from The American Heritage® Dictionary of the English Language, 4th Edition
- adj. Foreign to the body or to living organisms. Used of chemical compounds.
- n. A xenobiotic chemical, such as a pesticide.
from Wiktionary, Creative Commons Attribution/Share-Alike License
- adj. Of or pertaining to xenobiosis.
- adj. Relating to a substance foreign to the body or ecological system.
- n. Any foreign compound not produced by an organism's metabolism
Bacteria respond to a xenobiotic by recruiting exogenous genes to establish a pathway to degrade the xenobiotic, which is necessary for their adaptation and survival.
Epub ahead of print "Biological definition of multiple chemical sensitivity from redox state and cytokine profiling and not from polymorphisms of xenobiotic-metabolizing enzymes."
[Epub ahead of print] "Biological definition of multiple chemical sensitivity from redox state and cytokine profiling and not from polymorphisms of xenobiotic-metabolizing enzymes."
They're switching over to the name Xe (like in the words xenophobia or xenobiotic, which fittingly refers to a chemical substance that is foreign and usually harmful to living organisms).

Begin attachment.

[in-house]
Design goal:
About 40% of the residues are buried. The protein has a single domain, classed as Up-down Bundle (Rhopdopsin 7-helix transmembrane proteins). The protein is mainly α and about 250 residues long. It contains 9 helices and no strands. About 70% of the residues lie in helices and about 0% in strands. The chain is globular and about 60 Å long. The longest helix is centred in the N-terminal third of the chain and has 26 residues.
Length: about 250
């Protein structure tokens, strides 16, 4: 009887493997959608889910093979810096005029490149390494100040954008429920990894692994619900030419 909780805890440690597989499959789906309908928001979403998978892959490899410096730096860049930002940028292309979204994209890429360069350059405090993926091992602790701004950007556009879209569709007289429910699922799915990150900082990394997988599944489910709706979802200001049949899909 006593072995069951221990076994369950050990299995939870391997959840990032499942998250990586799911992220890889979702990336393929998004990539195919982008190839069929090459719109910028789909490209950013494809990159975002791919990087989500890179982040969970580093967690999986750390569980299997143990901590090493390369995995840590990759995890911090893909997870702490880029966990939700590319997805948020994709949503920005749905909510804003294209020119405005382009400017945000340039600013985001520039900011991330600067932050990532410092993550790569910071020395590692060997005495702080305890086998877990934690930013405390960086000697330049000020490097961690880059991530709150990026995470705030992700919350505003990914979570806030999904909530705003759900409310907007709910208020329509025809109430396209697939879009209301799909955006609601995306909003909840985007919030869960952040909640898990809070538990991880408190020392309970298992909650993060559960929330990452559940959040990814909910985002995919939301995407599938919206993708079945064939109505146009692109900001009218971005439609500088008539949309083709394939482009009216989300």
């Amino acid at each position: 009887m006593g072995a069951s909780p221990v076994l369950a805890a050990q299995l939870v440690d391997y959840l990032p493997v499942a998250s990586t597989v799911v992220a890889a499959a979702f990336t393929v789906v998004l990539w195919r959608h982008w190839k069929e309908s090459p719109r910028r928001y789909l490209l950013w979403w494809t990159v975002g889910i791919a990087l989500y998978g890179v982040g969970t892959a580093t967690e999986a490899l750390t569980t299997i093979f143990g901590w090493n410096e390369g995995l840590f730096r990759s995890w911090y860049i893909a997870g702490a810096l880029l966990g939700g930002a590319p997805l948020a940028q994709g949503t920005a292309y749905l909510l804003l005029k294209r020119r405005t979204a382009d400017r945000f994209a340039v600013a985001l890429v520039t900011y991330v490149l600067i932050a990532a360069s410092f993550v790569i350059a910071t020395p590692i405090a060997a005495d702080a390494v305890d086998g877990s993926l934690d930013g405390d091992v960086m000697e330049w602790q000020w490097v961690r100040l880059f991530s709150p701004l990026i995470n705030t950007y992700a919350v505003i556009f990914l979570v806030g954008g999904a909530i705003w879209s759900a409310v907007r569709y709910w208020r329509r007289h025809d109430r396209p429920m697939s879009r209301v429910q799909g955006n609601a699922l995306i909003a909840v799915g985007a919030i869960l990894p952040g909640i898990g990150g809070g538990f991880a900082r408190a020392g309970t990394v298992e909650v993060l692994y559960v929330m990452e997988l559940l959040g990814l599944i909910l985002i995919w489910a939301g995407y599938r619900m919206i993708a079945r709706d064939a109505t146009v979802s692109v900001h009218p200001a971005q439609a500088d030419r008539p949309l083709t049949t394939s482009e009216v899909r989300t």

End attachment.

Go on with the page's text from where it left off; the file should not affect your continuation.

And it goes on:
Thus, reduction reactions frequently result in activation of a xenobiotic rather than detoxification.
Since the liver is the primary site for biotransformation, it is also potentially quite vulnerable to the toxic action of a xenobiotic that is activated to a more toxic compound.
A threshold for toxic effects occurs at the point where the body's ability to detoxify a xenobiotic or repair toxic injury has been exceeded.
The plasma level of a xenobiotic is important since it generally reflects the concentration of the toxicant at the site of action.
At low doses, a xenobiotic may follow a biotransformation pathway that detoxifies the substance.
Glucuronidation is a high-capacity pathway for xenobiotic conjugation.